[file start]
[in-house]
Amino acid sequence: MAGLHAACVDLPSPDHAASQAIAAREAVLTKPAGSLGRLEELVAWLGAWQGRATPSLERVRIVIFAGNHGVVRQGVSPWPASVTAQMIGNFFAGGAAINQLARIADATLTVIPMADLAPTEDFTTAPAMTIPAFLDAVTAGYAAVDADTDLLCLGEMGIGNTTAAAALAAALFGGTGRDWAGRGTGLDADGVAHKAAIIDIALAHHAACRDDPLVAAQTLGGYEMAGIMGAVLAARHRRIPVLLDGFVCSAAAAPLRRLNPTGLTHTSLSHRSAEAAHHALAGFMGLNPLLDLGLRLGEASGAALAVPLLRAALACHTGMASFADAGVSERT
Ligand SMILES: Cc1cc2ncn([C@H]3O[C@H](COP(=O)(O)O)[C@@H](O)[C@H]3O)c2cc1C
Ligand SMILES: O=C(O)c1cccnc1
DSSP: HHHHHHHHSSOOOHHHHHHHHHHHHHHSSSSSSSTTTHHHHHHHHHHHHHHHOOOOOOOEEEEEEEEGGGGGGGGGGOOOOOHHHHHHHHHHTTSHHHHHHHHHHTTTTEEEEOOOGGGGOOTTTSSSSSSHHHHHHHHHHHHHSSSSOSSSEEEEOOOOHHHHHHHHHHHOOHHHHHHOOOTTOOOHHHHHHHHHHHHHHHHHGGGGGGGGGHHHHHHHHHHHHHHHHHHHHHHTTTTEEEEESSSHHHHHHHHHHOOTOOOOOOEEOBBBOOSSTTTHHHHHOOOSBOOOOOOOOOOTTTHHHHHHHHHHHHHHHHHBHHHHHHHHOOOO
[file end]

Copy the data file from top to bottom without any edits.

[in-house]
Amino acid sequence: MAGLHAACVDLPSPDHAASQAIAAREAVLTKPAGSLGRLEELVAWLGAWQGRATPSLERVRIVIFAGNHGVVRQGVSPWPASVTAQMIGNFFAGGAAINQLARIADATLTVIPMADLAPTEDFTTAPAMTIPAFLDAVTAGYAAVDADTDLLCLGEMGIGNTTAAAALAAALFGGTGRDWAGRGTGLDADGVAHKAAIIDIALAHHAACRDDPLVAAQTLGGYEMAGIMGAVLAARHRRIPVLLDGFVCSAAAAPLRRLNPTGLTHTSLSHRSAEAAHHALAGFMGLNPLLDLGLRLGEASGAALAVPLLRAALACHTGMASFADAGVSERT
Ligand SMILES: Cc1cc2ncn([C@H]3O[C@H](COP(=O)(O)O)[C@@H](O)[C@H]3O)c2cc1C
Ligand SMILES: O=C(O)c1cccnc1
DSSP: HHHHHHHHSSOOOHHHHHHHHHHHHHHSSSSSSSTTTHHHHHHHHHHHHHHHOOOOOOOEEEEEEEEGGGGGGGGGGOOOOOHHHHHHHHHHTTSHHHHHHHHHHTTTTEEEEOOOGGGGOOTTTSSSSSSHHHHHHHHHHHHHSSSSOSSSEEEEOOOOHHHHHHHHHHHOOHHHHHHOOOTTOOOHHHHHHHHHHHHHHHHHGGGGGGGGGHHHHHHHHHHHHHHHHHHHHHHTTTTEEEEESSSHHHHHHHHHHOOTOOOOOOEEOBBBOOSSTTTHHHHHOOOSBOOOOOOOOOOTTTHHHHHHHHHHHHHHHHHBHHHHHHHHOOOO